This morning, as a light drizzle fell upon our nation’s capital, a line grew outside of The Dirksen Senate Office Building. Men and women, young and old, the be-suited and the uniformed, stood in the rain and waited. Imagine the line at your local DMV, whisked outside, and doused in a sprinkle.
All other doors to the Senate have been closed to visitors.
As reported in Politico, the Capitol Police Board announced that the sequester would mean fewer entrances and checkpoints around our Congressional campus. The changes were to go into effect at the stroke of midnight, Monday, March 11.
Closures were necessitated, and hours of access have been modified to “allow management to cut back on overtime pay to officers typically stationed at those posts.”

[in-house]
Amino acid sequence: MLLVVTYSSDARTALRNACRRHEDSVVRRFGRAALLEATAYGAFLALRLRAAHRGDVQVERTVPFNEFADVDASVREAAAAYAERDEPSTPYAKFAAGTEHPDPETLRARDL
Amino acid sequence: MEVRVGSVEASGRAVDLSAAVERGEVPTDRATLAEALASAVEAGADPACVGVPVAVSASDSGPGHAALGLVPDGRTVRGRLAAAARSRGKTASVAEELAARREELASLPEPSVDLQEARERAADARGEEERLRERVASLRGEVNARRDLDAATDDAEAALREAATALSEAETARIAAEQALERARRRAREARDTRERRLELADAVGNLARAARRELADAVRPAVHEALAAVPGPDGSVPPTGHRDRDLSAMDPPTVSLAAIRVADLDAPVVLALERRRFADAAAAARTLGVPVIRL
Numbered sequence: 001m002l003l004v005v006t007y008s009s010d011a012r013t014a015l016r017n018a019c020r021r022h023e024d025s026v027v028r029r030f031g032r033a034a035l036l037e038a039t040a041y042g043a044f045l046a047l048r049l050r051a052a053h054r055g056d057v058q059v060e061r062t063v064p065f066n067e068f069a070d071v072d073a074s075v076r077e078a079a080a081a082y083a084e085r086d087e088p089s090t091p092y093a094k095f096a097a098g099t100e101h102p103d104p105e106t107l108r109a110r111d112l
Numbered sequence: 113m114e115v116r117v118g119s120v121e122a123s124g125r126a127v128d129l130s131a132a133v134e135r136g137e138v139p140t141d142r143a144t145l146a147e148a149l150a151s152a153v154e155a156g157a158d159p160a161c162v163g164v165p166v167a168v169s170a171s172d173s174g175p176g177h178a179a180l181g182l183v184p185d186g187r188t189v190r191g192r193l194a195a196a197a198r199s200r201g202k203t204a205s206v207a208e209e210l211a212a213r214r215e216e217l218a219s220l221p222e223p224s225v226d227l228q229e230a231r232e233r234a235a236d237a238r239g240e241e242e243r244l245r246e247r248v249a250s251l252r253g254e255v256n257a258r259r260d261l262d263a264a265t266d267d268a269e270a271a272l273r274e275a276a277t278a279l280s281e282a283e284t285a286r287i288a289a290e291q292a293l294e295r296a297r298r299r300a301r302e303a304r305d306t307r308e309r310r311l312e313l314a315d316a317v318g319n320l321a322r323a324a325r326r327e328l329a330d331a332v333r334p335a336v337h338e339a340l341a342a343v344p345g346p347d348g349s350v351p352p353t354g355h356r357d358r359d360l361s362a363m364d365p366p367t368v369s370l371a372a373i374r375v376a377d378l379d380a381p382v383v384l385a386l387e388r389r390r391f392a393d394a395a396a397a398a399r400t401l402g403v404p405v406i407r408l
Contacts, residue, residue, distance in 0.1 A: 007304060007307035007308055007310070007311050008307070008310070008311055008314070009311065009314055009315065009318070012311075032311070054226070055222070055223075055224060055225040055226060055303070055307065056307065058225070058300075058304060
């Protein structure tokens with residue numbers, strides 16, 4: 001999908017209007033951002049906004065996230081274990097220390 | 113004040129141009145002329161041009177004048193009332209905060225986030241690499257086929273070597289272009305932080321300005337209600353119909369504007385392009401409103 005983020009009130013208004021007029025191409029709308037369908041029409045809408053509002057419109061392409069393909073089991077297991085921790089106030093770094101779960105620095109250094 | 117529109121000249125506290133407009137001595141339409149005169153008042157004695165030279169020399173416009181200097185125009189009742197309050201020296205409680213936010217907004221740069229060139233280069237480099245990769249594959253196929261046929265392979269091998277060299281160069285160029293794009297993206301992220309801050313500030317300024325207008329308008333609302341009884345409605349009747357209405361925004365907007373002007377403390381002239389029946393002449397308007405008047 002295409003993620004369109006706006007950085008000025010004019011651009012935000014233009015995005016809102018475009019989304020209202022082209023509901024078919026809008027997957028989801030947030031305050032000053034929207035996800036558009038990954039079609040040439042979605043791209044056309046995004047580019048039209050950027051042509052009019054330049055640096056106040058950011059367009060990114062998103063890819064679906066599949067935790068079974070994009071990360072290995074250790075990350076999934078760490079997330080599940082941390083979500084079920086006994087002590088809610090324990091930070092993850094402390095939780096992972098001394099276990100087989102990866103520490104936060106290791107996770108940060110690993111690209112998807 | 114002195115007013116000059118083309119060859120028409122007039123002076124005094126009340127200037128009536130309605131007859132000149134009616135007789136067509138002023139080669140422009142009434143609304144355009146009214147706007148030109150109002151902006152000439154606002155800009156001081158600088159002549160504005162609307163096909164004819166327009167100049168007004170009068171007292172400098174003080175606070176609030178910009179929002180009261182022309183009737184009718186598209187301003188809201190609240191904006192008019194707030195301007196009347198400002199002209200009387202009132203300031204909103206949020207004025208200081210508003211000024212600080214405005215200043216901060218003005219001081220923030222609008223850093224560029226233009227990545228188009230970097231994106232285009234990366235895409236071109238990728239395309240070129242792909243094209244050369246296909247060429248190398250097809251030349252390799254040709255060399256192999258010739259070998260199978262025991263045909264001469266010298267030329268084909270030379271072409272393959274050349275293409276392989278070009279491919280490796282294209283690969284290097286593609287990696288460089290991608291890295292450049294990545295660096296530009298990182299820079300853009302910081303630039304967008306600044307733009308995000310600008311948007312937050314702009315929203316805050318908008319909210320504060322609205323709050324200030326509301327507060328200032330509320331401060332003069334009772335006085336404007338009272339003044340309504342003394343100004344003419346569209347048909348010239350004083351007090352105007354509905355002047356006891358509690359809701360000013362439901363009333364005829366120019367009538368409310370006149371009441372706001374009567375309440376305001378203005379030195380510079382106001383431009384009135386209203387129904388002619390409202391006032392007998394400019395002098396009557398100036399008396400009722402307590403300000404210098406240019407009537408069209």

Perhaps what’s most remarkable about this political theater are the police officers who remain graciously stationed at each of the closed entrances to inform visitors that this is all because of that pesky sequester.
Credit goes to my colleague Josh Withrow for providing photographic evidence of this absurdity, and his thumb for the look of agitated immediacy.
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